UNFCCC Executive Secretary Calls for Greater Access to Climate Finance
story highlights

In an analysis published on the Group of 7/Group of 20 (G7/G20) website, UNFCCC Executive Secretary Christiana Figueres focuses on the role the G7 should play in financing the transition to a low-carbon global economy.

Figueres calls on the G7 "to help orchestrate" the build-up of the US$100 billion in climate finance that the developed world has agreed to provide annually by 2020, and to contribute to the global framework that will "green capital at levels high enough to transform the economy".

Christiana Figueres, UNFCCC Executive Secretary28 April 2015: In an analysis published on the Group of 7/Group of 20 (G7/G20) website, UNFCCC Executive Secretary Christiana Figueres focuses on the role the G7 should play in financing the transition to a low-carbon global economy. Figueres calls on the G7 “to help orchestrate” the build-up of the US$100 billion in climate finance that the developed world has agreed to provide annually by 2020, and to contribute to the global framework that will “green capital at levels high enough to transform the economy.”

As noted in the analysis, the UNFCCC’s Standing Committee on Finance has estimated global climate finance flows at between US$340-650 billion annually for the period 2011-2012. Figueres points out that the transition to a low-carbon world could require investments closer to US$1 trillion annually over the next 10-15 years. The G7, which will hold its next summit in June 2015, and the G20, scheduled to meet in November 2015, can send “unequivocal signals to global markets on the kind of investment future they wish to see,” according to Figueres.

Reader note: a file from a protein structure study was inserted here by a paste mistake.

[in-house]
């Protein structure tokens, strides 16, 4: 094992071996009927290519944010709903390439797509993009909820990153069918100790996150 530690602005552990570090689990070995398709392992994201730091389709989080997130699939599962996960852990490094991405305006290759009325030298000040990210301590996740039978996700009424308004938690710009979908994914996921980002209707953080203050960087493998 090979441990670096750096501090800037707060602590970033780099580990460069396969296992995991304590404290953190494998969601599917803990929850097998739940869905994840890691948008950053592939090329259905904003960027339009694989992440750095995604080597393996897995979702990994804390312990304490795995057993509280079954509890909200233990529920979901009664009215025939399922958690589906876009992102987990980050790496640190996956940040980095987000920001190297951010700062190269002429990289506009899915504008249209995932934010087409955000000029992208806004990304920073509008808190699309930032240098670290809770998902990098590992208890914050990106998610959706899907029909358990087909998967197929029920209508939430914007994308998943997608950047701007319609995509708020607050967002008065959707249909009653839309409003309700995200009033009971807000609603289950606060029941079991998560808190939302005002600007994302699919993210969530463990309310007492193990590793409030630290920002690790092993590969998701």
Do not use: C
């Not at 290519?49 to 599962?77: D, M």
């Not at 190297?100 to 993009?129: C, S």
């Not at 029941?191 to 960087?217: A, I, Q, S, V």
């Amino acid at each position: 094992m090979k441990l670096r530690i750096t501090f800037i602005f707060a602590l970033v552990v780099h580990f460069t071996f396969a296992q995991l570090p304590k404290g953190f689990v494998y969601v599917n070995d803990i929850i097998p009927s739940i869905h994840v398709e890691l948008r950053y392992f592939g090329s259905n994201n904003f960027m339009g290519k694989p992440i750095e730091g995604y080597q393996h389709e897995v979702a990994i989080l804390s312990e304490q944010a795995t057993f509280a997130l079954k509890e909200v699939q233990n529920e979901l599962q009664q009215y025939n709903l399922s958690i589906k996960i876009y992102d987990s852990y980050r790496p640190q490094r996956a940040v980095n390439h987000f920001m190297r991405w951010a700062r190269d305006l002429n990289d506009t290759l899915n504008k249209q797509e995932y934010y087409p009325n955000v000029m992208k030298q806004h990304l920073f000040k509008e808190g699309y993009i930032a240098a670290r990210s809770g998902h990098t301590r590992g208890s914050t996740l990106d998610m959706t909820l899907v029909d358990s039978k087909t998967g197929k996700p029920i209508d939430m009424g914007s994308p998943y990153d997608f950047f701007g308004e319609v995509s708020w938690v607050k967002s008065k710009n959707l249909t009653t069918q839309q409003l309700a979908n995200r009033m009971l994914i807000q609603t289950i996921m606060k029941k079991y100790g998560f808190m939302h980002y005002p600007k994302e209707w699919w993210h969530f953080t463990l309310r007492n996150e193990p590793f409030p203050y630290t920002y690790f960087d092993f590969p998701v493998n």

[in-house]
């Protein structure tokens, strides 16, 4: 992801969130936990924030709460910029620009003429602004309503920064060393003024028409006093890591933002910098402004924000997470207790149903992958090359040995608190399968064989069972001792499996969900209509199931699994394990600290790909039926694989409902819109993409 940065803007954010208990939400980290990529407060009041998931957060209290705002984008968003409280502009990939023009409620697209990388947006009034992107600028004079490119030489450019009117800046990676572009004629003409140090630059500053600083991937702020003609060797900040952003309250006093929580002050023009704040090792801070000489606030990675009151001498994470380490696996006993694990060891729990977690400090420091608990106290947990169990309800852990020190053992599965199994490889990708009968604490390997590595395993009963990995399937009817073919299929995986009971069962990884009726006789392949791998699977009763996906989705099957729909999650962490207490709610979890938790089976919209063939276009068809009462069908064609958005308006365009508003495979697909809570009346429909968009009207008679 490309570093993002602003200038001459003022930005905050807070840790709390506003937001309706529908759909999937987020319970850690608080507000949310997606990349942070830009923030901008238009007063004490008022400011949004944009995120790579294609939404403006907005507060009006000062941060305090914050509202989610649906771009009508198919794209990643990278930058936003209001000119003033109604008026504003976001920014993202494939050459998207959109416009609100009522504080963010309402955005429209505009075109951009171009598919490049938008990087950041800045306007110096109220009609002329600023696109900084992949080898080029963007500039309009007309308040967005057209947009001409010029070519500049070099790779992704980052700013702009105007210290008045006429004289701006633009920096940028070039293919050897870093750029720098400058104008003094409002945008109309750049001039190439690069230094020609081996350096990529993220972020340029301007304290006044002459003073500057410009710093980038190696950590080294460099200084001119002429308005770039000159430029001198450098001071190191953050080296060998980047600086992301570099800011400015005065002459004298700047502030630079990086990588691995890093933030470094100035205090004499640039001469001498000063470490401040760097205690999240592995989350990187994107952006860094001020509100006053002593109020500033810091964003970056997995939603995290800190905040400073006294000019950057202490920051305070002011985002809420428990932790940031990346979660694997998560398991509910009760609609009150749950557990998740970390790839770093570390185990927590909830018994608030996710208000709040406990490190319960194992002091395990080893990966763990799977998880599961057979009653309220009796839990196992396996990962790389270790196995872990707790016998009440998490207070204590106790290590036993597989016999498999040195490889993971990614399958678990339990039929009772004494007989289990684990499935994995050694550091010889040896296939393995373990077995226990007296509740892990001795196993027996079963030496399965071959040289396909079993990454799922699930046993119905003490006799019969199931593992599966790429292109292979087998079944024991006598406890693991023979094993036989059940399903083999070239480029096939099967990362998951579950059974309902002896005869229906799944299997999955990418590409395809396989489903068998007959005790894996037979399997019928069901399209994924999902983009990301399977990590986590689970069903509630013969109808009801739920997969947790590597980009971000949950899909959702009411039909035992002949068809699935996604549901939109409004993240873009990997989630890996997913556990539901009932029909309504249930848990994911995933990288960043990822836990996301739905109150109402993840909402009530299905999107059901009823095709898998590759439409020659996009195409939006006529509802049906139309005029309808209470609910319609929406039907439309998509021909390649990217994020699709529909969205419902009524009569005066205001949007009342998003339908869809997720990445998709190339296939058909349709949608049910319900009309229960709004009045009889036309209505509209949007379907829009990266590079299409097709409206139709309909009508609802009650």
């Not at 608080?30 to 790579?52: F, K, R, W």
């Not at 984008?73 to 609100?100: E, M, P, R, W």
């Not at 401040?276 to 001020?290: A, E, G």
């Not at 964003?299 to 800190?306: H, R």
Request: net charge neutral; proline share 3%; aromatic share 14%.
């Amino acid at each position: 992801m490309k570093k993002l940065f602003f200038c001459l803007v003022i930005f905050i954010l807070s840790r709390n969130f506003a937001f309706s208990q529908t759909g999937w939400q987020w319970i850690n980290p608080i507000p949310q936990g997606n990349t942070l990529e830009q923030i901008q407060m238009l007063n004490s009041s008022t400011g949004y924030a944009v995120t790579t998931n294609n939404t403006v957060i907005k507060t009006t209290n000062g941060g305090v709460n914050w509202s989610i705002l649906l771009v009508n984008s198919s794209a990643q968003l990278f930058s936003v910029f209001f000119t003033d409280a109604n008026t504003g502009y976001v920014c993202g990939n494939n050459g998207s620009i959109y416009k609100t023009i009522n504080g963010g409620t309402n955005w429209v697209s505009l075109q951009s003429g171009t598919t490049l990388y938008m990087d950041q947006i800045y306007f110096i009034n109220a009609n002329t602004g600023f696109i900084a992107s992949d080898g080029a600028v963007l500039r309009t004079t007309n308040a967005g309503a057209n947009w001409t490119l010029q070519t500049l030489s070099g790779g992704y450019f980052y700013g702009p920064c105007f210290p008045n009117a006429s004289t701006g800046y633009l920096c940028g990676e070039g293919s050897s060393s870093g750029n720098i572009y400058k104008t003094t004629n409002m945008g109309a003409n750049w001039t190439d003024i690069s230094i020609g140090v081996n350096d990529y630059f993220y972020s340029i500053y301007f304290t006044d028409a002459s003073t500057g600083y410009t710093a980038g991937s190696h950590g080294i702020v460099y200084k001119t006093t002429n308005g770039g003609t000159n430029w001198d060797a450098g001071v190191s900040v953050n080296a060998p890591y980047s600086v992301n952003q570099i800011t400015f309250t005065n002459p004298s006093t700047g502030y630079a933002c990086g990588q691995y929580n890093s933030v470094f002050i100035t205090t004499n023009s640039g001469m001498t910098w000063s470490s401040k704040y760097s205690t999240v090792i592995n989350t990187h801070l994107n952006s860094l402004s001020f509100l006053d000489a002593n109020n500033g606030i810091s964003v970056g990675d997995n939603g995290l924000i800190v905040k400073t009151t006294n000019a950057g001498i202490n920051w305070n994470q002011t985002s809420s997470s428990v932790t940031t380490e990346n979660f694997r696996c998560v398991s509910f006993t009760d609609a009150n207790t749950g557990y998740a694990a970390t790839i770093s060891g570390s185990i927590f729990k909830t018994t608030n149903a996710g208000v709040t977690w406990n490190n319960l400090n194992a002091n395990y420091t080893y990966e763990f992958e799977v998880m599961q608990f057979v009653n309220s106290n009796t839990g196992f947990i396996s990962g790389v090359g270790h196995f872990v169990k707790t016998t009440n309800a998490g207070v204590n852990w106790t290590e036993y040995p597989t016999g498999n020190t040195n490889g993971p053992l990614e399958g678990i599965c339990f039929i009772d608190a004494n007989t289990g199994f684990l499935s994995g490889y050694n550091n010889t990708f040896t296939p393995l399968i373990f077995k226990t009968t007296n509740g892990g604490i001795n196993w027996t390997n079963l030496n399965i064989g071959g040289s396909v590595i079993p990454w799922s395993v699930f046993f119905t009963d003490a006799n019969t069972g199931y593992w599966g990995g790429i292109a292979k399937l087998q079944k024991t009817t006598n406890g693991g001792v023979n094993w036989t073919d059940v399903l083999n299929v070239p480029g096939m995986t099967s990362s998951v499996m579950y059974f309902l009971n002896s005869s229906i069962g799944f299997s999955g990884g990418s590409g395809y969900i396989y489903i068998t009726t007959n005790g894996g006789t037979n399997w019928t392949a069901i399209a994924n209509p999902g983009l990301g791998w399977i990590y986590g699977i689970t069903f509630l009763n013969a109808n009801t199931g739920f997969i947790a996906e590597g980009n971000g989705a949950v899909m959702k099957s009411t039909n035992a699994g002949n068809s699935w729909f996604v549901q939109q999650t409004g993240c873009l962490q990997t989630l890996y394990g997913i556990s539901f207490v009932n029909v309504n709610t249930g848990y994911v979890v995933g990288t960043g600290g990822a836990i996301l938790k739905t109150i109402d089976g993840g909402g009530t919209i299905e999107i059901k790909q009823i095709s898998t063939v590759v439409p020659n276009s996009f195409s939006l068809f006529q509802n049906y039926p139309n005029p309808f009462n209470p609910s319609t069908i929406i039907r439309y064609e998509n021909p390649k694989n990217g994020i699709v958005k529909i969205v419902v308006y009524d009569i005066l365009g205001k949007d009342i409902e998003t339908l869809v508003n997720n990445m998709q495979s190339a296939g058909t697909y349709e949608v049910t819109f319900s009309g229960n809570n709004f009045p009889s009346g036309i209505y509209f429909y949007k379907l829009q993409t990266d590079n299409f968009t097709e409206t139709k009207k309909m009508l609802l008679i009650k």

While highlighting the major gains in renewable energy investment, especially growth in clean energy investment in emerging economies, disbursements by the World Bank’s Climate Investment Funds (CIF), increased financing for green infrastructure, new financial tools, initiatives announced at the UN Secretary-General’s Climate Summit, the operationalization of the Green Climate Fund (GCF), and even South-South finance flows, Figueres warns that this progress is still not enough to prevent global average temperatures from rising above 2°C compared to pre-industrial levels.

Figueres draws attention to the gaps, uncertainties and imbalance in the current state of climate finance: the need for adaptation finance far exceeds the availability; regions such as Africa, the Middle East and South Asia are falling behind others in attracting both domestic and foreign investment; and least-developed countries (LDCs) are among the most vulnerable, yet may not be receiving the full assistance needed.

Underscoring that the expected 2015 universal climate change agreement must ensure that greenhouse gas (GHG) emissions peak in approximately ten years and the world follows a path of deep decarbonization subsequently, Figueres urges the political forums of the G7 and G20 to use their full potential to help unlock green investment and prepare countries to adopt a climate change agreement that will trigger the transition to a green global economy. [Publication: Financing the Transition to a Green Global Economy]


related events


related posts